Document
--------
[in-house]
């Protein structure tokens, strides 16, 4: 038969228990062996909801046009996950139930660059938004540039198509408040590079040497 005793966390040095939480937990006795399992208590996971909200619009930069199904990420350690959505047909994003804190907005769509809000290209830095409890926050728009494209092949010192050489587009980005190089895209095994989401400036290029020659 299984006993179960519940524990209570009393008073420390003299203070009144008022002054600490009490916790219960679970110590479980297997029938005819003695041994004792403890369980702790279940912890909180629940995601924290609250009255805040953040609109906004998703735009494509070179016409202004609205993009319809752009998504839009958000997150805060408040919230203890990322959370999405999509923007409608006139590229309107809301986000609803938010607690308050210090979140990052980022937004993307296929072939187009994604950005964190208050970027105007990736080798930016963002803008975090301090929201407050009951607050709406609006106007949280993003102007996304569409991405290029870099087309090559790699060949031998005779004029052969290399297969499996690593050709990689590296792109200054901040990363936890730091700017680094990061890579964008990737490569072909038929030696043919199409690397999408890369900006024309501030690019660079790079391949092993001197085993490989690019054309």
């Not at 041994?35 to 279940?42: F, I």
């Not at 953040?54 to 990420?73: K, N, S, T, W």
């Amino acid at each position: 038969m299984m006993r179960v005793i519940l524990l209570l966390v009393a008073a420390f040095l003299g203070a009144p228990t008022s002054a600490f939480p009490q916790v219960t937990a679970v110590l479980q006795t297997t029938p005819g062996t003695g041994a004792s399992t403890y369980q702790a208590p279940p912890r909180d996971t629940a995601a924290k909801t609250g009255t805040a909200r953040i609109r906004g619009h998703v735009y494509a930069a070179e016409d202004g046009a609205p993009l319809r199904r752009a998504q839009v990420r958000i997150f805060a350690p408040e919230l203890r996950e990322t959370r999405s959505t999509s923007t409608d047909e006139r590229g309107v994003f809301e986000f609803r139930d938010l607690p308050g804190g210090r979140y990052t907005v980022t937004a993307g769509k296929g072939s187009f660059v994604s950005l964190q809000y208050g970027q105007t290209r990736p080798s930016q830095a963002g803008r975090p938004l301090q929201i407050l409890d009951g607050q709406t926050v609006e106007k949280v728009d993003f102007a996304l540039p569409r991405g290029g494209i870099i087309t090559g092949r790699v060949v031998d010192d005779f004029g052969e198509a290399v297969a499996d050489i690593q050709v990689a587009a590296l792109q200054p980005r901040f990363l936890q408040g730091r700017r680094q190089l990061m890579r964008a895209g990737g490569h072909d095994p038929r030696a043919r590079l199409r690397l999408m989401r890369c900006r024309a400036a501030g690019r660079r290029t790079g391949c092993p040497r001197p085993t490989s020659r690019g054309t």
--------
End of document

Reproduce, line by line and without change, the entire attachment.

[in-house]
């Protein structure tokens, strides 16, 4: 038969228990062996909801046009996950139930660059938004540039198509408040590079040497 005793966390040095939480937990006795399992208590996971909200619009930069199904990420350690959505047909994003804190907005769509809000290209830095409890926050728009494209092949010192050489587009980005190089895209095994989401400036290029020659 299984006993179960519940524990209570009393008073420390003299203070009144008022002054600490009490916790219960679970110590479980297997029938005819003695041994004792403890369980702790279940912890909180629940995601924290609250009255805040953040609109906004998703735009494509070179016409202004609205993009319809752009998504839009958000997150805060408040919230203890990322959370999405999509923007409608006139590229309107809301986000609803938010607690308050210090979140990052980022937004993307296929072939187009994604950005964190208050970027105007990736080798930016963002803008975090301090929201407050009951607050709406609006106007949280993003102007996304569409991405290029870099087309090559790699060949031998005779004029052969290399297969499996690593050709990689590296792109200054901040990363936890730091700017680094990061890579964008990737490569072909038929030696043919199409690397999408890369900006024309501030690019660079790079391949092993001197085993490989690019054309």
């Not at 041994?35 to 279940?42: F, I």
């Not at 953040?54 to 990420?73: K, N, S, T, W």
């Amino acid at each position: 038969m299984m006993r179960v005793i519940l524990l209570l966390v009393a008073a420390f040095l003299g203070a009144p228990t008022s002054a600490f939480p009490q916790v219960t937990a679970v110590l479980q006795t297997t029938p005819g062996t003695g041994a004792s399992t403890y369980q702790a208590p279940p912890r909180d996971t629940a995601a924290k909801t609250g009255t805040a909200r953040i609109r906004g619009h998703v735009y494509a930069a070179e016409d202004g046009a609205p993009l319809r199904r752009a998504q839009v990420r958000i997150f805060a350690p408040e919230l203890r996950e990322t959370r999405s959505t999509s923007t409608d047909e006139r590229g309107v994003f809301e986000f609803r139930d938010l607690p308050g804190g210090r979140y990052t907005v980022t937004a993307g769509k296929g072939s187009f660059v994604s950005l964190q809000y208050g970027q105007t290209r990736p080798s930016q830095a963002g803008r975090p938004l301090q929201i407050l409890d009951g607050q709406t926050v609006e106007k949280v728009d993003f102007a996304l540039p569409r991405g290029g494209i870099i087309t090559g092949r790699v060949v031998d010192d005779f004029g052969e198509a290399v297969a499996d050489i690593q050709v990689a587009a590296l792109q200054p980005r901040f990363l936890q408040g730091r700017r680094q190089l990061m890579r964008a895209g990737g490569h072909d095994p038929r030696a043919r590079l199409r690397l999408m989401r890369c900006r024309a400036a501030g690019r660079r290029t790079g391949c092993p040497r001197p085993t490989s020659r690019g054309t």